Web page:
The third pilot of the SPEAR project was successfully carried out by the Innovation Hub of the Public Power Corporation S.A. (PPC), towards the final evaluation of the SPEAR solution during the user acceptance testing phase. The SPEAR demonstrations were implemented in two locations of PPC, the Innovation Hub in Athens, and the Unit no5 of the Combined-Cycle Thermal Power Plant in Lavrio, both in Greece. The main focus of this pilot was the multi-class classification problem of detecting and distinguish between a great variety of cyberattacks and reconnaissance attempts against Modbus TCP. The pilot considered a Home Area Network (HAN) and an Industrial Area Network (IAN) setup.
The involved infrastructure of the Innovation Hub includes smart meters, installed on an operational rooftop PV panel and the main laboratory switchboard (HAN part), as well as a Programmable Logic Controller (PLC) controlling the short-circuit generator of the High-Power Laboratory (IAN part). The corresponding apparatus is depicted in figures 1 and 2.
The Lavrio power plant demonstration focused on a larger scale IAN validation, by employing three PLCs interfacing with the Distributed Control System (DCS) of the Unit no5 of the Lavrio power plant. The IAN was properly isolated from the operational network in order to avoid any security breaches. The involved apparatus is depicted in figures 3 and 4.
The performed scenarios are summarized as follows:
Scenario #1: Concerns the detection and reaction to a fuzzing Modbus writeSingleCoil cyberattack against both IAN and HAN networks of the Innovation Hub. Purpose of this cyberattack is to maliciously alter important configuration (e.g., IP address, power factor) of the smart meters and the PLC, rendering then uncapable of properly retrieving and transmitting electricity-related measurements. Moreover, another potential consequence of this cyberattack is the change of Boolean registers, that could indicate an overcurrent or can open/close a trip. As a result, this cyberattack can unwillingly open or close various circuits, that could lead to various undesirable cascading effects.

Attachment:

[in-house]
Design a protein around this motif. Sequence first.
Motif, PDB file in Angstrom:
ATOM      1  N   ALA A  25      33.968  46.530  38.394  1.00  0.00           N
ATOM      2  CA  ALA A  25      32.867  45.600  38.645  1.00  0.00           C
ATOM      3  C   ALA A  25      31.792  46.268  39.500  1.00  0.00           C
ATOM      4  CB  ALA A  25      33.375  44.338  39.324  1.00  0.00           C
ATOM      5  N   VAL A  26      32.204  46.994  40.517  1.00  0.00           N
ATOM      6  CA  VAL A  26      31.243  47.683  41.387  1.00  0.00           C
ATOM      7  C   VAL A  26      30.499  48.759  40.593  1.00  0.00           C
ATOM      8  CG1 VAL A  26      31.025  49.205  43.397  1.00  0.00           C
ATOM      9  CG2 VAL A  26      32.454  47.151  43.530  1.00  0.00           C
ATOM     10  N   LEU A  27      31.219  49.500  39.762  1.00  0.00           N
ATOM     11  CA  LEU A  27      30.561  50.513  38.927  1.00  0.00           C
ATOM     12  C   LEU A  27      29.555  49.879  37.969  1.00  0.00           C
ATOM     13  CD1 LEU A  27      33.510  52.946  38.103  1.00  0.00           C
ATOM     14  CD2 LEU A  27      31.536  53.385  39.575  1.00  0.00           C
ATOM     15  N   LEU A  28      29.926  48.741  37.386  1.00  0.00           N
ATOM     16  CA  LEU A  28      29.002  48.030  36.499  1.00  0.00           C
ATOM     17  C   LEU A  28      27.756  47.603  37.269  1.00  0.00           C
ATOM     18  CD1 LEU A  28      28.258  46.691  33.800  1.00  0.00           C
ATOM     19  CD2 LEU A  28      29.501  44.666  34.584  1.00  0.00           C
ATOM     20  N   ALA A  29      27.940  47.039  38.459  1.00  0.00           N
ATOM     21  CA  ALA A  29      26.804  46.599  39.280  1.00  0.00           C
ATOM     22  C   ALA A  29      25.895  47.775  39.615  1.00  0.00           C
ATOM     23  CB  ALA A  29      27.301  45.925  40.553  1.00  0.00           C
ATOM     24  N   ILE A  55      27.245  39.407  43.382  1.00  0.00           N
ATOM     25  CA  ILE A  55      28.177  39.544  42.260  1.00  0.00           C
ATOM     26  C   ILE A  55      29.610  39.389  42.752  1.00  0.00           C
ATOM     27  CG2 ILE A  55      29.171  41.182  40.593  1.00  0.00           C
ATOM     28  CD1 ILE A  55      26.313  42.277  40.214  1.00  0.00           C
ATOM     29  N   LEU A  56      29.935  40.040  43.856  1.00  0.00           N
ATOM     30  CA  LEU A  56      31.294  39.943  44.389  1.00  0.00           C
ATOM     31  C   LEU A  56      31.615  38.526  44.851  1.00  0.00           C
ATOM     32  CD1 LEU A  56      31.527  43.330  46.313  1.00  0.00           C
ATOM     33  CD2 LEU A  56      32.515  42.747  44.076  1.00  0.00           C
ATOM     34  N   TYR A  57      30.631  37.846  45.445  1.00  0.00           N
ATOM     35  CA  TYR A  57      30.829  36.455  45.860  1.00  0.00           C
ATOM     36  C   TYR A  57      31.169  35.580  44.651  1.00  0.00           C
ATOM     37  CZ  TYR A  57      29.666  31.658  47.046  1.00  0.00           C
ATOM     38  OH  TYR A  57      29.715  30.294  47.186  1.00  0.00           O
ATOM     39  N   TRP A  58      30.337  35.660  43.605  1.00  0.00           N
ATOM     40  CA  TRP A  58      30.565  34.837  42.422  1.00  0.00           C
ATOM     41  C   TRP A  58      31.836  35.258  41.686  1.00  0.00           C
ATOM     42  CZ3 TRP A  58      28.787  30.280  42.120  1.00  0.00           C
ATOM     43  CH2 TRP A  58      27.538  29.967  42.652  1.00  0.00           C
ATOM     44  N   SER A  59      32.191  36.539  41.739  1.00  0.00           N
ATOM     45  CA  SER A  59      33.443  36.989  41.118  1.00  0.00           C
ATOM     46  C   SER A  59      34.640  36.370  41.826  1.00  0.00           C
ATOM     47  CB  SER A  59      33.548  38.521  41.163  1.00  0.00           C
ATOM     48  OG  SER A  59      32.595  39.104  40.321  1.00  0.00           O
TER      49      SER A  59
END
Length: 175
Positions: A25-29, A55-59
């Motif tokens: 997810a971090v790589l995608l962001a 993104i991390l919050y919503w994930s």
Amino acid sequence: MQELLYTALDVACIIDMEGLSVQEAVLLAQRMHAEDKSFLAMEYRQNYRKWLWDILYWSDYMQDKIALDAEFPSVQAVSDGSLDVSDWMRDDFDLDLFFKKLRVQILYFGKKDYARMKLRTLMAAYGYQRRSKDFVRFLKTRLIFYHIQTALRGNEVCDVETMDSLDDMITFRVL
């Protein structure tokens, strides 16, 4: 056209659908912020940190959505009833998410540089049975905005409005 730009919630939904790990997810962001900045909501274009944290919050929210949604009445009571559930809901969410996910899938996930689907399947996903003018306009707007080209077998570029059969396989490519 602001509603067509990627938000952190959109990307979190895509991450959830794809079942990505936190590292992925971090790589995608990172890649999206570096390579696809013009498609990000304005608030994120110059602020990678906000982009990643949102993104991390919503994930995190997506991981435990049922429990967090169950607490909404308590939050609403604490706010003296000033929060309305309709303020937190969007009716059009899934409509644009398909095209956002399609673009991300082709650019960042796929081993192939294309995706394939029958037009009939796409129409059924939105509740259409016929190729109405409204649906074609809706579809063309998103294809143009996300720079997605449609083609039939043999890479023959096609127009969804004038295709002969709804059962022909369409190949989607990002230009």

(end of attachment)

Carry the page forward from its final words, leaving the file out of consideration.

Scenario #2: Concerns the detection and reaction to a Modbus GetUID reconnaissance attack against the PLCs of the Lavrio power plant unit. Purpose of this attack is twofold. First, is to discover details about the industrial devices located in Lavrio IAN. Secondly, assuming the high frequency of sending GetUID messages, this cyberattack also behaves as a DoS activity, by aiming to “crash” the Modbus server processes of the PLCs, since they are “flooded” with dozens of messages, that they are unable to handle.
Scenario #3: Concerns the detection and reaction to a Modbus writeSingleRegister DoS against the smart meters of the Innovation Hub. Like SC3.1, this cyberattack aims to maliciously change settings of smart meters (e.g., IP address, power factor), rendering them unable to properly deliver electricity-related measurements.
Scenario #4.1: This scenario concerns the deployment of production honeypots after a cyber-incident, by utilising the SPEAR Game Theoretic Intelligence (GTI) engine. The honeypots are deployed in the Lavrio power plant, while GTI and the Honeypot Manager run in Innovation Hub premises.
Scenario #4.2: This scenario verifies the operation of the research honeypot deployed in PPC premises.